The following is a letter I helped Erik write to our students. We’ve been thinking about breaking away from the Association for a long time now, but receiving the final Franchise Agreement–which was non-negotiable–made it the right time. His business has always been named “Alameda Martial Arts” and now it will become “Kuk Sool of Alameda.” My side of the business–the management, the administration, the sale of equipment and uniforms, will be a variation on the KSWA theme: Kuk Sool West.
One thing we’ve learned: getting big thoughts like this down on paper is a long process best done with many naps and breaks for green tea. The subconscious is an amazing thing and we are glad to have learned through experience that we can take time to write, re-write, process and re-process information until we are able to say exactly what we mean. Now if we had only known this in school!
Dear Students and Parents–
I have been a member of the The World Kuk Sool Association for twenty years now. As a school owner I have operated this business independently through a license agreement.
My goal has always been simple: If a child signs up at 6 years of age and then trains with me for five or six years to get a black belt, that student should be able to go out into the world with some viable ideas about how to defend his or her self. If I can teach in a fun, positive, playful way that promotes supreme physical, mental, and spiritual strength then I have done my job well.
Today I am announcing that after many years of thoughtful consideration and research, I have decided not to renew my agreement with World Kuk Sool Association.
The ramifications are small or large depending on your perspective. Essentially this is an administrative change and we will simply and gradually take the “Won” off our name. There will be no additional cost to you.
My hope is that you enjoy my style of teaching, and appreciate the program and community that I have created. I will continue to offer the same high level of training and will still use the traditional Kuk Sool curriculum as a foundation. I will continue to offer advanced black belt testing and hope to add various seminar, road trip, tournament, and educational opportunities for my students. Additionally, I hope to expand my student teacher certification program.
If, however, you are very much bound to the idea of the being a part of the larger World Kuk Sool Association, if you want to be sanctioned through them, then you are officially required by the Association to discontinue training with me.
You can choose to continue your studies at a different Kuk Sool Won school. Nearby there are schools in Berkeley, San Francisco, or San Lorenzo. You will not lose your rank and if you have already paid a black belt fee, you will not be required to pay again. You will be obligated to pay whatever monthly fees those schools require.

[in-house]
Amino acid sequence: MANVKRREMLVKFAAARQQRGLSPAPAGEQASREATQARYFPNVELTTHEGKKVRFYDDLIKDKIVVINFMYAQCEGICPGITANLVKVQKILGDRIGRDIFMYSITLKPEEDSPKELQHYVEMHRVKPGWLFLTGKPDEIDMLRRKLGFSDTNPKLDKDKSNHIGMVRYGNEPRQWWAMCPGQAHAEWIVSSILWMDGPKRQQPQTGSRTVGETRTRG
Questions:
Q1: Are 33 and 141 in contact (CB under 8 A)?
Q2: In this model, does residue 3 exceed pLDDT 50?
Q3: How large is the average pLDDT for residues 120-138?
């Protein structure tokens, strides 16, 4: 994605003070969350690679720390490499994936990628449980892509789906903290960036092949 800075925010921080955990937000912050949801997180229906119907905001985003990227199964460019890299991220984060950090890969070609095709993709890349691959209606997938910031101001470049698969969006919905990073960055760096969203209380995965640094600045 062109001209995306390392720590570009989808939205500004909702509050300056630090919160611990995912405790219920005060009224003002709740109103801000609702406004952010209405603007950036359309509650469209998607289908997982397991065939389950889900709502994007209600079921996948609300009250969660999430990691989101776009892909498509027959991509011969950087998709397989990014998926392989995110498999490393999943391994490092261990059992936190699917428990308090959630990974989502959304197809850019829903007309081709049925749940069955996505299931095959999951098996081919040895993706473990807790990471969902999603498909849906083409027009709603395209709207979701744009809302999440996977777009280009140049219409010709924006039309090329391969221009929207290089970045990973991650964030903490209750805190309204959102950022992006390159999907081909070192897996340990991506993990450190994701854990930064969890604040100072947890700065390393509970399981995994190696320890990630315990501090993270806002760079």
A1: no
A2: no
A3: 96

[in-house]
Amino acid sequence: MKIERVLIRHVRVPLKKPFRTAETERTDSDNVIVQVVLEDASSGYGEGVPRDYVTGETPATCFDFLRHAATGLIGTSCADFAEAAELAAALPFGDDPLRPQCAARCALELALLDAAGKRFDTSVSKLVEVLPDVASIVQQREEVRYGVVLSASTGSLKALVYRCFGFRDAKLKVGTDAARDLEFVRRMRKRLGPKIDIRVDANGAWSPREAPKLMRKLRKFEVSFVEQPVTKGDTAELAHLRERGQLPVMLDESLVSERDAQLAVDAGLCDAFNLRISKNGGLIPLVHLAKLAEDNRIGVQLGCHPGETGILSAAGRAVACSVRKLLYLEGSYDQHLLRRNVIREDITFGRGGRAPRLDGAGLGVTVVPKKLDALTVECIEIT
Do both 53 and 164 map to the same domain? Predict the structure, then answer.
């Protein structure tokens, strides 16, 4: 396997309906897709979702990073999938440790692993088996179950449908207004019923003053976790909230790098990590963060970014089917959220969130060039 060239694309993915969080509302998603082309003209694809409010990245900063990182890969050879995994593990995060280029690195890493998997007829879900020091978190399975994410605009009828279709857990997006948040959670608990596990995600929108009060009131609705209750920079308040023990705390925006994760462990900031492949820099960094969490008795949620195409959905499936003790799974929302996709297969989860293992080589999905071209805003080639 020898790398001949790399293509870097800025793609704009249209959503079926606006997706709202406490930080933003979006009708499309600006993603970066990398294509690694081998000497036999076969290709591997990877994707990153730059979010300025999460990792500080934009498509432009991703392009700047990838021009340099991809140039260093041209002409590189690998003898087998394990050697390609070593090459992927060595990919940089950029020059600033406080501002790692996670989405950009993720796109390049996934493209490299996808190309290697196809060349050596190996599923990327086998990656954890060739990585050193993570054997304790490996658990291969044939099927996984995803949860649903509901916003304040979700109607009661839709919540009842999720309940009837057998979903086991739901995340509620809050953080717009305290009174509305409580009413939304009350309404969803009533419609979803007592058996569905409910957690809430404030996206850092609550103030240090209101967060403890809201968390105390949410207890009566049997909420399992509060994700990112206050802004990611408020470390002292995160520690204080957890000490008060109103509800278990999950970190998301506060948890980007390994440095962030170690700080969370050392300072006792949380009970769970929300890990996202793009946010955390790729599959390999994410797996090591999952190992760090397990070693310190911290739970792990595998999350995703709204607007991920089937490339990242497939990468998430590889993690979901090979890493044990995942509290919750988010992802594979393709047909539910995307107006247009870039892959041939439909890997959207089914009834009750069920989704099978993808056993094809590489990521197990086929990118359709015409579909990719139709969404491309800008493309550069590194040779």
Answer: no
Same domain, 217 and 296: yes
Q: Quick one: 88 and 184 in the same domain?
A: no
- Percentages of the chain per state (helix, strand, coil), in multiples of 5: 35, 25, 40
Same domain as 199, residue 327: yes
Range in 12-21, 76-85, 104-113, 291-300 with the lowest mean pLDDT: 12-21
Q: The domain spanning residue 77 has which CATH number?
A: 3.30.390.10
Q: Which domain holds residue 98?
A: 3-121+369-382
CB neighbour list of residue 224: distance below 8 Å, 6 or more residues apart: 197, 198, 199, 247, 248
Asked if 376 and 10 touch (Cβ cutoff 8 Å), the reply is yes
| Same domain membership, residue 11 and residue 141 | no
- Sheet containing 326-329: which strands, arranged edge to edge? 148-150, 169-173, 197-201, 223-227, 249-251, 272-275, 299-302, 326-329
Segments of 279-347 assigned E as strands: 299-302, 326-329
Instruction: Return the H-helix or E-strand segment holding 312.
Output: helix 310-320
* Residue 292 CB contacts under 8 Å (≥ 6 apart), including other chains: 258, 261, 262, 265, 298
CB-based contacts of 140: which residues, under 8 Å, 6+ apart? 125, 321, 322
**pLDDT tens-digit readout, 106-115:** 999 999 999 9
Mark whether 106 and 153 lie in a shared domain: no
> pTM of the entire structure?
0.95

My doors will always be open to you no matter what course you choose.
Instead of taking class time to address questions, I have scheduled a Question and Answer Session on Saturday, Nov. 21 at 10:00 a.m. (Before the Sparring Seminar with Sylvester at 11:00). If you email me your questions in advance, it will help me to answer more succinctly. If you have a more involved individual question, please email firstname.lastname@example.org or call me at the school, tell me a good time to return your call and I will. This applies especially to the students who are in the middle of black belt testing, I know this affects you most of all.
What I am hoping is to keep this change a positive experience for my students. The Association has been very good to me over the years and has allowed me to flourish. I really did try to take everyone’s needs into consideration and I hope you can appreciate that I did what I thought was best for my students.
If you are curious about why I chose not to renew, I have included this explanation. Please read this before attending a Q & A session.
A few years ago, much to everyone’s surprise, The World Kuk Sool Association added some stipulations to our agreement. Not health & safety or real quality control issues, but rather restrictions on what we teach.
To clarify, there are four main reasons to train martial arts:
- 1. Self defense
- 2. Tradition–the study of an art form for spiritual, physical, and mental health
- 3. Sport/tournament preparation
- 4. Demonstration
Increasingly the WKSA is moving toward being simply a demonstration art. The WKSA vision of a high ranking student (5th degree and up) includes mastery of esoteric arts. These are great except I feel they are high risk activities with limited reality-based return on the time investment. If your child started training at six years of age, they would be eligible to learn these techniques (i.e. archery, knife throwing, two man spear set, choreographed sword-to-knife set, etc.) at approximately 30 years of age.